Educational Research Journal, 32(2) 159–76.
Wrigley, T. and Lofsnaes, N. (2005). Schools as Social and Learning Communities: Scotland and
Norway, Improving Schools, 8(1), 23-45.
Ashley Fenwick is a lecturer in the Institute of Education at University of Stirling. She taught Geography in Scottish
Secondary schools for eleven years before working as Geography Co-ordinator within Initial Teacher Education at the
University of Strathclyde. Her research interests include outdoor learning, early professional learning and beginning
teachers. Ashley is currently working towards gaining a Doctorate in Education.
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The concept of nature in Outdoor Studies at the University of Marburg
Martin Vollmar
University of Marburg, Insitute for Sports Sciences and Motology, Germany
[email protected]
Abstract
This lecture deals with different ideas or conceptualisations of nature being crucial for the outdoor
education program at the University of Marburg. Of course, a main core of outdoor educational
practice is acting in, into, against or with nature. In general these close bond between nature and
outdoor education is associated with direct experience, concreteness and the very naturalness. In
doing so the appearance of nature is very different. Our study program tries to expound the problems
of the widespread use of nature being (only) a coulisse for experience. There a some more ideas or
conceptualisations like 'nature as a counter-world', 'nature as the not-human sphere', 'nature as
landscape', 'nature as a subject', 'nature as an aesthetic or scientific object' and more. This lecture
intends to clarify the different characterizations of those ideas of nature in the framework of our
outdoor study program. It is the 1st (more theoretical) part of a consideration which is deepened in a
2nd presentation entitled „Contemplative approaches during an excursion“ focussing on aesthetic
dimensions.
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Contemplative Approaches During an Excursion Focussing on Aesthetic
Dimensions
Martin Lindner, Cornelia Berthold
University of Marburg, Insitute for Sports Sciences and Motology, Germany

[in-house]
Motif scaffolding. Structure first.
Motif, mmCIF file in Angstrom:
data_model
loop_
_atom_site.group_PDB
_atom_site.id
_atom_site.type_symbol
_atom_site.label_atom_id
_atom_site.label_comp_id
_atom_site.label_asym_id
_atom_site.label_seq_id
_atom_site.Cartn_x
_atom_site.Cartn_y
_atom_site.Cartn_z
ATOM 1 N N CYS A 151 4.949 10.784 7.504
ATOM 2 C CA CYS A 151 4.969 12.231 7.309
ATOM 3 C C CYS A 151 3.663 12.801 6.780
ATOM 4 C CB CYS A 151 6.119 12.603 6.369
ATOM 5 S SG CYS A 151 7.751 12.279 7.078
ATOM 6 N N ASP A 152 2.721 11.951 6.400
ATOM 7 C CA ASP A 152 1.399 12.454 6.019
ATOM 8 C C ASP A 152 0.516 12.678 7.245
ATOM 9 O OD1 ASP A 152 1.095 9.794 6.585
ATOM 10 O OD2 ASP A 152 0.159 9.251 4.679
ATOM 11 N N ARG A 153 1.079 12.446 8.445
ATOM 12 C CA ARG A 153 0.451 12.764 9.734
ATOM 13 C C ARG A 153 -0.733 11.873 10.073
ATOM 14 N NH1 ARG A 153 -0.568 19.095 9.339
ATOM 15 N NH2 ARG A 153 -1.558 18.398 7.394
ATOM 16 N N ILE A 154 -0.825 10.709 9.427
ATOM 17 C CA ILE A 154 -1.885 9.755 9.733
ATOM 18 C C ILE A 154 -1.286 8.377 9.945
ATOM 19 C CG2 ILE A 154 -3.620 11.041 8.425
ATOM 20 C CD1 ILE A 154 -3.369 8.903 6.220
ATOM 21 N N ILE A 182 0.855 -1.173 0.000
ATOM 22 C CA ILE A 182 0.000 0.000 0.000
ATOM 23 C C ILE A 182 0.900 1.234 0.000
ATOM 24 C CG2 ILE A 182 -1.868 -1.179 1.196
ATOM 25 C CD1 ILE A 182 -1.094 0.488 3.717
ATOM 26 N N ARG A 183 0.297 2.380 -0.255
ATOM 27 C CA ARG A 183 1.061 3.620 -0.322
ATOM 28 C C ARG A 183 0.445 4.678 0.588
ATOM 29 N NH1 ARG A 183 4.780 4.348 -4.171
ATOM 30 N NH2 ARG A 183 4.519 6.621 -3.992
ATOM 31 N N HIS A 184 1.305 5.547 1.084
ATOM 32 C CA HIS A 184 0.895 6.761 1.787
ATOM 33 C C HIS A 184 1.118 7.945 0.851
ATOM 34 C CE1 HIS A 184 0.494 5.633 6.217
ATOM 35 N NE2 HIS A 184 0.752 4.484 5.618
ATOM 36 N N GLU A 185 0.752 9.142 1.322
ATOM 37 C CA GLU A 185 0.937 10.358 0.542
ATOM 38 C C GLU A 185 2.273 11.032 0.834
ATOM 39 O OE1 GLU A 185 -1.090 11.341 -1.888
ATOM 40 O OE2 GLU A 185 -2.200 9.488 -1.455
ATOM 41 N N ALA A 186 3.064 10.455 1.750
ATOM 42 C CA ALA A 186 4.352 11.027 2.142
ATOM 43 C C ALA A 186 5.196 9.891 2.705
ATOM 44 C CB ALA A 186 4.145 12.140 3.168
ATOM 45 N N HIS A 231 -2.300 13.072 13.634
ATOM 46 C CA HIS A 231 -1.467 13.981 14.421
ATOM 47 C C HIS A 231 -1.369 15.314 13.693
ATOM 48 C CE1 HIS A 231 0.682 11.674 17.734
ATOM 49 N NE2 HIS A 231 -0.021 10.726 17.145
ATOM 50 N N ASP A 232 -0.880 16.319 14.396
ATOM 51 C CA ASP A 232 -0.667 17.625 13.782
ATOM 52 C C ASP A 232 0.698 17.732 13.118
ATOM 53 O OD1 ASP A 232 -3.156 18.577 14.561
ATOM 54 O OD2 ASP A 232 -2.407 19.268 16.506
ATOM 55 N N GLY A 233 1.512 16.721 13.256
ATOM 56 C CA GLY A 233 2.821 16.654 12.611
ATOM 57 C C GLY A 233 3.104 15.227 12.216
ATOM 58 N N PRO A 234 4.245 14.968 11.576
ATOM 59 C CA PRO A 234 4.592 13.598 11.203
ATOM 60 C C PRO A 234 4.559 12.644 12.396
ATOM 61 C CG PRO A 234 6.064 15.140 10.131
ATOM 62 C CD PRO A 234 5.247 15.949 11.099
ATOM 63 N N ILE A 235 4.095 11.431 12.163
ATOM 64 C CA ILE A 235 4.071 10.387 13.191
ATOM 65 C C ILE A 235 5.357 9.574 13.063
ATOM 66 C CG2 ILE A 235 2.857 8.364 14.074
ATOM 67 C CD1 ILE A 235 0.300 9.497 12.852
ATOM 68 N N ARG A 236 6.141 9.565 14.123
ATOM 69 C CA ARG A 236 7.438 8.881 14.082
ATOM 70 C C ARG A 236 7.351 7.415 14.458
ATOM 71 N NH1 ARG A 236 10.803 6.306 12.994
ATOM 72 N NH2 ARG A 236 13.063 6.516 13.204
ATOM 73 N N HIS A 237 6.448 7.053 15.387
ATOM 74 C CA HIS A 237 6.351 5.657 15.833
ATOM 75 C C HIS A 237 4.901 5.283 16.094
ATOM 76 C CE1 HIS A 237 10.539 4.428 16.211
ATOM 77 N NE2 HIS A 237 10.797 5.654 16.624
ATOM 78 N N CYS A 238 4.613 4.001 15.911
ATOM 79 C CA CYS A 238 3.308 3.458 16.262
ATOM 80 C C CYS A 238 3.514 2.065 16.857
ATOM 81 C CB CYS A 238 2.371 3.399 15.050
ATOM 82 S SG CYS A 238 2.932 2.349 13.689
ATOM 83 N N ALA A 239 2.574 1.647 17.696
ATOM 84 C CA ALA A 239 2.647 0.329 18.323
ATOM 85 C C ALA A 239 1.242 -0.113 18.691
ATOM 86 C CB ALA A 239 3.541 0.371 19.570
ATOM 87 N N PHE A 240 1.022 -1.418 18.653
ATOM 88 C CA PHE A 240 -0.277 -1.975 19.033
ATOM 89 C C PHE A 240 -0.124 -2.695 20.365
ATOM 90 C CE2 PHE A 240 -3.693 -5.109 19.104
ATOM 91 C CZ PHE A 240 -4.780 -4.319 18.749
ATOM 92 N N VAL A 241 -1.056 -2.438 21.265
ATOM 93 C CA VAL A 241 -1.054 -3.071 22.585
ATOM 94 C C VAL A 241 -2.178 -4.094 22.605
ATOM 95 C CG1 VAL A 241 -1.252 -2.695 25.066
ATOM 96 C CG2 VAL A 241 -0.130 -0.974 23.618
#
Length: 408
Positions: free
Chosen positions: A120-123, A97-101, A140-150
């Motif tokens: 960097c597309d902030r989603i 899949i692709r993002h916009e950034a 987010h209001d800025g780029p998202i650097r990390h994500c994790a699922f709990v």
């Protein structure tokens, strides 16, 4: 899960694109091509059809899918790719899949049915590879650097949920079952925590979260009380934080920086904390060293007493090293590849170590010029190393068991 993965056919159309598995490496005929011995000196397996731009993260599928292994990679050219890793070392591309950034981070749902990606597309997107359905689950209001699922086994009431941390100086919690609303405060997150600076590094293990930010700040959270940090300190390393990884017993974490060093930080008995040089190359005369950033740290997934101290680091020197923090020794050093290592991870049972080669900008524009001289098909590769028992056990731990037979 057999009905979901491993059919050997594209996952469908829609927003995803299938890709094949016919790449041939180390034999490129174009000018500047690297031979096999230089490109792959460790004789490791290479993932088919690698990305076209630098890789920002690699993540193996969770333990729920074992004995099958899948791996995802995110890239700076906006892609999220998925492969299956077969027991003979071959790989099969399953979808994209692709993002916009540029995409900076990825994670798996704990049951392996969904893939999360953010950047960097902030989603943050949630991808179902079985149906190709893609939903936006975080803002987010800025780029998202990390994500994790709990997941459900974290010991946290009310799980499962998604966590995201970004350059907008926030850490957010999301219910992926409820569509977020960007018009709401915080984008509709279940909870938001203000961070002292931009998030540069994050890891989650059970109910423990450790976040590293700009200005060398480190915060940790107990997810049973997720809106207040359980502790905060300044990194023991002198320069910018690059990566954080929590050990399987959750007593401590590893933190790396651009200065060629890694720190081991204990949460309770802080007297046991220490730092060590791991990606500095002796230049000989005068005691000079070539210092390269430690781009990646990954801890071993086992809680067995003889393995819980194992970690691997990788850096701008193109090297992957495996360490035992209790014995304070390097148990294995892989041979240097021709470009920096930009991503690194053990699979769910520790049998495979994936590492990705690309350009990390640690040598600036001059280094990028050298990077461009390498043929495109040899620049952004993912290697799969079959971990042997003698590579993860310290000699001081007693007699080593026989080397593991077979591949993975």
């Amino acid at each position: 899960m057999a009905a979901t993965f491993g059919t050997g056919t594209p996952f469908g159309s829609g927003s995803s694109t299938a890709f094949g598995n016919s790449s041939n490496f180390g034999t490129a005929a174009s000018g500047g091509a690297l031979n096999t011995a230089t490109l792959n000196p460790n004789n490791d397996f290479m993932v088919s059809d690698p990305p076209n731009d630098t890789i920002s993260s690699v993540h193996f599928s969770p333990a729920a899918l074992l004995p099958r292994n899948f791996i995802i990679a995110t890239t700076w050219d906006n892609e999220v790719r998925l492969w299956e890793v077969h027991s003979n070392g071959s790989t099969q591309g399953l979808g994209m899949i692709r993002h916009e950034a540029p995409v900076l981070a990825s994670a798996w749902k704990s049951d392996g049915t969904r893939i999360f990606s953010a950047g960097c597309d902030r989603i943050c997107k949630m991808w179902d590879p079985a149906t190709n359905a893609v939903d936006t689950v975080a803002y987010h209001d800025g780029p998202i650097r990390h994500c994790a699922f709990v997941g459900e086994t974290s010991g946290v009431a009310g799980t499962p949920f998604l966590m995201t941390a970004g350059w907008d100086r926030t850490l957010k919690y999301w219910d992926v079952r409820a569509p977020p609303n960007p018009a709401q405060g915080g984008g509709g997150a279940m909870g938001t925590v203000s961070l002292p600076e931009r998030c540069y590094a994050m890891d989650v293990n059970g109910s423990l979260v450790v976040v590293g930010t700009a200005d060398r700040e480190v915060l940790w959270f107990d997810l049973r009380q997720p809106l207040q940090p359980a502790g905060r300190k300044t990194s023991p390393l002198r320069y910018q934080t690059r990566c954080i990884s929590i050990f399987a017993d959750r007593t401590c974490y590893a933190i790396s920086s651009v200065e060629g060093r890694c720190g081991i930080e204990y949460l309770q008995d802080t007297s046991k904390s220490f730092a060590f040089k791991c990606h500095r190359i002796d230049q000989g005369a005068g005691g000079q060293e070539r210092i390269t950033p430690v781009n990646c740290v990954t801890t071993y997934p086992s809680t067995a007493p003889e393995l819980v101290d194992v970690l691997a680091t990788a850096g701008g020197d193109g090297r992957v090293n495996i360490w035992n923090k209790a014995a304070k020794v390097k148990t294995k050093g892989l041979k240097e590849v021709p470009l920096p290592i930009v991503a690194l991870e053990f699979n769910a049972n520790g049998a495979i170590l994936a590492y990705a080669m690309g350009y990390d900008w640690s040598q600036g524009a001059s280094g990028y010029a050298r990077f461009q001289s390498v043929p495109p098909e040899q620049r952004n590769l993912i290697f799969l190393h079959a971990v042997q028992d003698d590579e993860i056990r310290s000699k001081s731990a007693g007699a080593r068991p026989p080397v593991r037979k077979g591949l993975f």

[email protected]
Abstract
In this workshop we will continue with the lecture on the concept of nature in Outdoor
Studies at the University of Marburg. We will focus on experiences we have made during
different excurions with our students in the Alps. Painting or drawing the landscape is seen
by us as a way to explore the particular of a certain landscape. We will invite all participants
to go out and to find a nice place for painting. After this practical exploration we will discuss
the process of the work and not the result of the paintings. And we will try to find out possible
outcomes by using this method in an educational setting.
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Physical Activity and Learning in Udeskole
Dr Erik Mygind, Peter Bentsen & Glen Nielsen
University of Copenhagen, Department of Excercise and Sport Science, Denmark
[email protected], [email protected]
Abstract
Teaching outside the classroom (Udeskole) one day every week has been observed to influence
children’s physical activity, learning and social relations positively. However, these observations are
based on very few case studies. From a few udeskole classes in year 2000, the number has now
increased to more than 290 in Denmark, which makes it possible to get a much better understanding
of whether and how udeskole has an impact on physical activity, school performance and other
competencies. The aim of the presentation is to describe, discuss and query a national Danish out-ofclassroom study in the years to come. A mixed methods study is used to achieve stronger evidence
about strengths and weaknesses of practicing udeskole. Do the alternative teaching practices of
udeskole increase children’s physical activity, while also facilitating academic learning and
improving motivation for school? It is hypothesized that learning processes taking place in outdoor
settings are motivating and effect full for children while also increasing their physical activity level.
Of special interest is whether children with overweight, special needs or minority groups will benefit
from udeskole in relation to health as well as learning perspectives?